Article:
A perceptive recent post on LinkedIn by the NMI’s John Moor looks at some of the challenges faced as we develop wearable technology and build an Internet of Things based on ultra-low-power microcontrollers.
As we read it, one of John’s main arguments is that what we call “the IoT” isn’t really a “thing” of itself – it’s more a collection of enabling technologies, that will be at its most powerful when it effectively “disappears”, and becomes just an intrinsic part of the way we do things.
We think he’s right when he says that in many ways this is proving to be “a quiet revolution”. We will feel the real impact of the IoT indirectly. We won’t always see the technology that increases manufacturing efficiency, makes traffic flow better, or enables better healthcare. But it will be there, working behind the scenes.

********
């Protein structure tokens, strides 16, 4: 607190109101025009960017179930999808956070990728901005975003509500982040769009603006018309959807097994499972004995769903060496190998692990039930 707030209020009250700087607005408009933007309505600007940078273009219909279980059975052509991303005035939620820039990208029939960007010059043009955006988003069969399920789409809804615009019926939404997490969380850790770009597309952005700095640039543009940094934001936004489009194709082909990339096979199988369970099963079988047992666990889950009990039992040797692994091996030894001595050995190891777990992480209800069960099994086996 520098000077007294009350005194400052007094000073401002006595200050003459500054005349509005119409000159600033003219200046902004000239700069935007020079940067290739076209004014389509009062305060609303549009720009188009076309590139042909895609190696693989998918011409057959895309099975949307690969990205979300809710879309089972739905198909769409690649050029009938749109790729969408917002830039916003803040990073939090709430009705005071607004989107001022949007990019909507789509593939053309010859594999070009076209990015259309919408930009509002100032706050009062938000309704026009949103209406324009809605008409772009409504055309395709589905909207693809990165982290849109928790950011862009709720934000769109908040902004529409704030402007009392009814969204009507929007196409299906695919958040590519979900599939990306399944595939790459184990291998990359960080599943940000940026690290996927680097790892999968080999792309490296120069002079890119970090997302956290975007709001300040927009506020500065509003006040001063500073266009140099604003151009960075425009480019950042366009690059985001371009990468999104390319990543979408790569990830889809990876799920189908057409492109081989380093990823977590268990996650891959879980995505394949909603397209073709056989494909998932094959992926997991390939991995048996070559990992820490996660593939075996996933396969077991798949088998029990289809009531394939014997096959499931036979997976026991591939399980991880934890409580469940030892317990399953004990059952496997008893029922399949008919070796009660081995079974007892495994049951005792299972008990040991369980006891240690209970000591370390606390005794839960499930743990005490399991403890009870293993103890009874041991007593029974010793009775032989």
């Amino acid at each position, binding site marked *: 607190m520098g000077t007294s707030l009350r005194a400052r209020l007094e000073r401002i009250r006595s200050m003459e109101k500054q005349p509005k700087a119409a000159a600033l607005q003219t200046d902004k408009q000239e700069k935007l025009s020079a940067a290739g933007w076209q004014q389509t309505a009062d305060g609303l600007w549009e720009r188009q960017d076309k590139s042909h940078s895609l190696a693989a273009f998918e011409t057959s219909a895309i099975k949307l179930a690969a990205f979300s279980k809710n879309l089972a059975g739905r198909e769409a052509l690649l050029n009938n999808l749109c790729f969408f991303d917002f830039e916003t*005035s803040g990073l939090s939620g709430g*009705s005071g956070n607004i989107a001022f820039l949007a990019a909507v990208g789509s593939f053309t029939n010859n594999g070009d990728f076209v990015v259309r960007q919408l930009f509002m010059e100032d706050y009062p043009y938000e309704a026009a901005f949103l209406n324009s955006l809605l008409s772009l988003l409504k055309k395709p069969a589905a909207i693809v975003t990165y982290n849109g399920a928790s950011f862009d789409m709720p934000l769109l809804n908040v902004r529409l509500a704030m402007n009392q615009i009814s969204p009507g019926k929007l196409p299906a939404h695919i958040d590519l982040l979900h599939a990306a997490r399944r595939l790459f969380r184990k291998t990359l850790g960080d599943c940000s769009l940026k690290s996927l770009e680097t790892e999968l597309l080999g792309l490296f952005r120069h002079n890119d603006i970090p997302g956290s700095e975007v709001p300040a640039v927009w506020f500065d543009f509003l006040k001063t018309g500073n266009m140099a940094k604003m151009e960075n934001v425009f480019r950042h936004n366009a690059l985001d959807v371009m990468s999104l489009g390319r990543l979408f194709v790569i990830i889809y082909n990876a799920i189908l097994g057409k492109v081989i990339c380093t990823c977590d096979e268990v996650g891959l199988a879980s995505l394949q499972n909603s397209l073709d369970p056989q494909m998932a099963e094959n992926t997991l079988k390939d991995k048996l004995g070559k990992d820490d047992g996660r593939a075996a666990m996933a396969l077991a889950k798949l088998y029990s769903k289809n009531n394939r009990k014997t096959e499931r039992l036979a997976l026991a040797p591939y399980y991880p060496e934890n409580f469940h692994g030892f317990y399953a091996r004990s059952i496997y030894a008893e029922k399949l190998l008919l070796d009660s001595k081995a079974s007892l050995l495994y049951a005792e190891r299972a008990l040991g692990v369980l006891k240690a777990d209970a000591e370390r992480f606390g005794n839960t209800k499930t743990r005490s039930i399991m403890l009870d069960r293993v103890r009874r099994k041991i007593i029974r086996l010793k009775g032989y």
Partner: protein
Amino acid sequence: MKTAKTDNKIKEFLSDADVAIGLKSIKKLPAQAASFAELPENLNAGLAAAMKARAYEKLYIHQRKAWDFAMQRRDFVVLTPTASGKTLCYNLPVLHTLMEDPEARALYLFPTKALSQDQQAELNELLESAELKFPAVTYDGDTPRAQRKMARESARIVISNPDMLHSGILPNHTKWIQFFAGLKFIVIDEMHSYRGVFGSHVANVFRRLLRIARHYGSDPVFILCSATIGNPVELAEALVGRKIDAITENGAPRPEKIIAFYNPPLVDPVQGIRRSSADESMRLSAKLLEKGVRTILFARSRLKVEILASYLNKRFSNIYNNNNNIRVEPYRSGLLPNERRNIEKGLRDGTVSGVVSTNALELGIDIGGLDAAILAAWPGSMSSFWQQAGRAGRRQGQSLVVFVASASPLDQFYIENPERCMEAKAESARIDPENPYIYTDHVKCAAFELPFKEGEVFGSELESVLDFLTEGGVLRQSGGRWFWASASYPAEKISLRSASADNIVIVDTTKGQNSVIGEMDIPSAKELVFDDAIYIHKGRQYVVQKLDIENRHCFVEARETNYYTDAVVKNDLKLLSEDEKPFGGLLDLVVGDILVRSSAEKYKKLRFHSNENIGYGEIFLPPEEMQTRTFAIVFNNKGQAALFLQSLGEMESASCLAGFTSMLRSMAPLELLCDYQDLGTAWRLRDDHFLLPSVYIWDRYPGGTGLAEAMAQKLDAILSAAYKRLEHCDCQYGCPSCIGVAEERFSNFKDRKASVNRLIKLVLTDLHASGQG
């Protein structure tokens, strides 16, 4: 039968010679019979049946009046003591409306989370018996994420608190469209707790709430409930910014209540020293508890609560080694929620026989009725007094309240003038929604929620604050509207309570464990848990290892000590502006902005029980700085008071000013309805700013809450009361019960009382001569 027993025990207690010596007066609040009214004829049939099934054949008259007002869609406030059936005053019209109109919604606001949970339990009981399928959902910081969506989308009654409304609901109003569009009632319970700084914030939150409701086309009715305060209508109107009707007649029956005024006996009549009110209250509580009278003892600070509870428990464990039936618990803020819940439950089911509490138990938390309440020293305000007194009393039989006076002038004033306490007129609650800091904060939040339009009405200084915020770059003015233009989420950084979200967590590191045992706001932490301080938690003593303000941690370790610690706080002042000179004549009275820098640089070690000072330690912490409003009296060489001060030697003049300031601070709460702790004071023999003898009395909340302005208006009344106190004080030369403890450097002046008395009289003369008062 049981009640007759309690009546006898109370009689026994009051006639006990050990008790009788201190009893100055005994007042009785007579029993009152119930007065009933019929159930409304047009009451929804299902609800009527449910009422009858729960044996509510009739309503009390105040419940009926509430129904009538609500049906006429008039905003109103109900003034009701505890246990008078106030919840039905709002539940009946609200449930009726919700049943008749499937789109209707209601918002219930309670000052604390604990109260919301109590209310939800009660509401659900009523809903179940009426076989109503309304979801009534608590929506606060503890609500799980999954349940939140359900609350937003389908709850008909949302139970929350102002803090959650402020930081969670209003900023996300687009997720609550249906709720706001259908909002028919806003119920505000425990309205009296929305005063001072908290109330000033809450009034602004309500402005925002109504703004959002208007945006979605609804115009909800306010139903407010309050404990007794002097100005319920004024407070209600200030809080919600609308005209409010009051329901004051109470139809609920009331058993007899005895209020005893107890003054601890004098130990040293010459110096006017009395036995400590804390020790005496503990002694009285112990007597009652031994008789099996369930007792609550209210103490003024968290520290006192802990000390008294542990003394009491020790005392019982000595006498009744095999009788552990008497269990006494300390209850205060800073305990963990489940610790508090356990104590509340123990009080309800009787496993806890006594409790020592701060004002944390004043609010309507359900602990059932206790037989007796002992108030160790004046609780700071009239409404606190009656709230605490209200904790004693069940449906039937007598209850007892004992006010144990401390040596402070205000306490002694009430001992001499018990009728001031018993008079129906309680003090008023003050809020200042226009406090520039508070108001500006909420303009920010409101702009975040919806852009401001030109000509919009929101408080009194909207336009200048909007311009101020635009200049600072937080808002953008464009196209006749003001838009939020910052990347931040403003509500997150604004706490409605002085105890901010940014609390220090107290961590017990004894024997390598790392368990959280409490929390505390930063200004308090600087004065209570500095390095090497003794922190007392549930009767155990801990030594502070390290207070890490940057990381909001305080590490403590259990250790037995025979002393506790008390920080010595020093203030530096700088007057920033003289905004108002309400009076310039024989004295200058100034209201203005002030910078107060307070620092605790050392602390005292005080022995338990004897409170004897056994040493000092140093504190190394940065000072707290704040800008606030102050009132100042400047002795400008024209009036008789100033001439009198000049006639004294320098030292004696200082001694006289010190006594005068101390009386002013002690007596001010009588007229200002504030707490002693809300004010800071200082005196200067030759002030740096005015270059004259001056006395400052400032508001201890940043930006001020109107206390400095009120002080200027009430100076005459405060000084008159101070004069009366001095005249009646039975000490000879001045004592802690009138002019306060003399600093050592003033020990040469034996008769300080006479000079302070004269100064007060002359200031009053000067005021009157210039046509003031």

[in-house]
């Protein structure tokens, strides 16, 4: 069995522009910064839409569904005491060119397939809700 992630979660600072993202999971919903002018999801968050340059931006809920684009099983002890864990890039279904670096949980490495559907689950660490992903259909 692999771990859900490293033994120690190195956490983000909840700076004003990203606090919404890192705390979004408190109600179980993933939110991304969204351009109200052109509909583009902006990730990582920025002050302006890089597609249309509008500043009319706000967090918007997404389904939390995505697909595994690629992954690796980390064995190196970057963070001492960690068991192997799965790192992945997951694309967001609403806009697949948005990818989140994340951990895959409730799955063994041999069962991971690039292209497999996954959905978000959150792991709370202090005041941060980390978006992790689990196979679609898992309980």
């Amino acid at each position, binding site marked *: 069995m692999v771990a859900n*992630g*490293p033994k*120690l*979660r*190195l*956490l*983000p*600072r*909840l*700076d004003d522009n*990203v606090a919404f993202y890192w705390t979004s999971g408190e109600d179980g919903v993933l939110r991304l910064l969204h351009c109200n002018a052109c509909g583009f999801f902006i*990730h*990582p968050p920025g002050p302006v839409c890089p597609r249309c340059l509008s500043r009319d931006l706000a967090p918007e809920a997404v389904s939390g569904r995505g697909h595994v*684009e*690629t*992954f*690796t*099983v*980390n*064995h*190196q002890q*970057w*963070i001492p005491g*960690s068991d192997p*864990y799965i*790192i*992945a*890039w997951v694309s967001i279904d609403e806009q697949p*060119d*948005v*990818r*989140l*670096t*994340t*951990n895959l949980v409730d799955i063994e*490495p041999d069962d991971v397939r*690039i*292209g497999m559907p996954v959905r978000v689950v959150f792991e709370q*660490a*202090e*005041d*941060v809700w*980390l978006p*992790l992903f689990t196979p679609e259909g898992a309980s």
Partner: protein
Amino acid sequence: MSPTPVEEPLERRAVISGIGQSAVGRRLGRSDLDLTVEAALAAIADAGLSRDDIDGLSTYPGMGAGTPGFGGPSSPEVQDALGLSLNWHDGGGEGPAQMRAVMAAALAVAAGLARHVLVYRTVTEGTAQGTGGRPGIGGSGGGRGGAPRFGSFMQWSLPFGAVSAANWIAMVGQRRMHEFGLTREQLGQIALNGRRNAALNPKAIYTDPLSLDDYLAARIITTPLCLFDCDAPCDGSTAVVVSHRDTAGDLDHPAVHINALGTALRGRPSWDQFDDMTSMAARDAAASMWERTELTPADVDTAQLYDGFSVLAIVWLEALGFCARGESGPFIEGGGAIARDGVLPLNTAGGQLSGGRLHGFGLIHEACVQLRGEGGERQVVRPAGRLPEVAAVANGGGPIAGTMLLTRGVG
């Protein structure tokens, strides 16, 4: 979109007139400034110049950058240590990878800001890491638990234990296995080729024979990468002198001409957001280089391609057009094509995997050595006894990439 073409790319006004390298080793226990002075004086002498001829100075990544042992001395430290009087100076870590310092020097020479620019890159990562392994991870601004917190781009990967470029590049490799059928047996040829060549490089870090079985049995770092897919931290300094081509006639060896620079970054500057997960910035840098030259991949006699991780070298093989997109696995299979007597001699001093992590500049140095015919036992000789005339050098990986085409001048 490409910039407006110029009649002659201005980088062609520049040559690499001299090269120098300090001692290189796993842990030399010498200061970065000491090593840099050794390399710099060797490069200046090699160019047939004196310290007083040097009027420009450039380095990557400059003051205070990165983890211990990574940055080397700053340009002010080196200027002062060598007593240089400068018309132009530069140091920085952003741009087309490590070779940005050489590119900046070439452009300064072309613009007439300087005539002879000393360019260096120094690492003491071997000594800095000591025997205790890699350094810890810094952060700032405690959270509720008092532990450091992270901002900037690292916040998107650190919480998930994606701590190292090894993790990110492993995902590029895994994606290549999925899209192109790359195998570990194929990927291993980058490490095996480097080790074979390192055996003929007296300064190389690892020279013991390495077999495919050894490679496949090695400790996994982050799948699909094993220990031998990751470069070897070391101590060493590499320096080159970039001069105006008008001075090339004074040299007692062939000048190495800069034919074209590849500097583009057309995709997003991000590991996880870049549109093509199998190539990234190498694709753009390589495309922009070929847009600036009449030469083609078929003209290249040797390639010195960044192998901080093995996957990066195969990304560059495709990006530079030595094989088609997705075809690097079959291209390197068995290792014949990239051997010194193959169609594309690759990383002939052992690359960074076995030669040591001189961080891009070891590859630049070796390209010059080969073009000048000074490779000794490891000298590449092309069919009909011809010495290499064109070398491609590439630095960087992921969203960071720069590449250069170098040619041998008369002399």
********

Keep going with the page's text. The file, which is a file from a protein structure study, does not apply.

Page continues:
Of course IoT and wearable technology still offers the opportunity for “quantum leap innovation” – there may well be revolutionary products and services just around the corner that no-one has yet foreseen. But the idea that the IoT will become woven into our everyday lives – in fact will be the fabric on which the future is based – is a powerful one.
If the IoT is a behind-the-scenes influence driving progress, it’s also good to see an increasing recognition that low-power semiconductors are instrumental to that change. As John points out, massive strides have already taken place in reducing the energy needs of electronic products – but sub-threshold transistor operation puts us at the start of an improvement curve that could rival Moore’s Law in its influence.
You can check out John Moor’s original post here.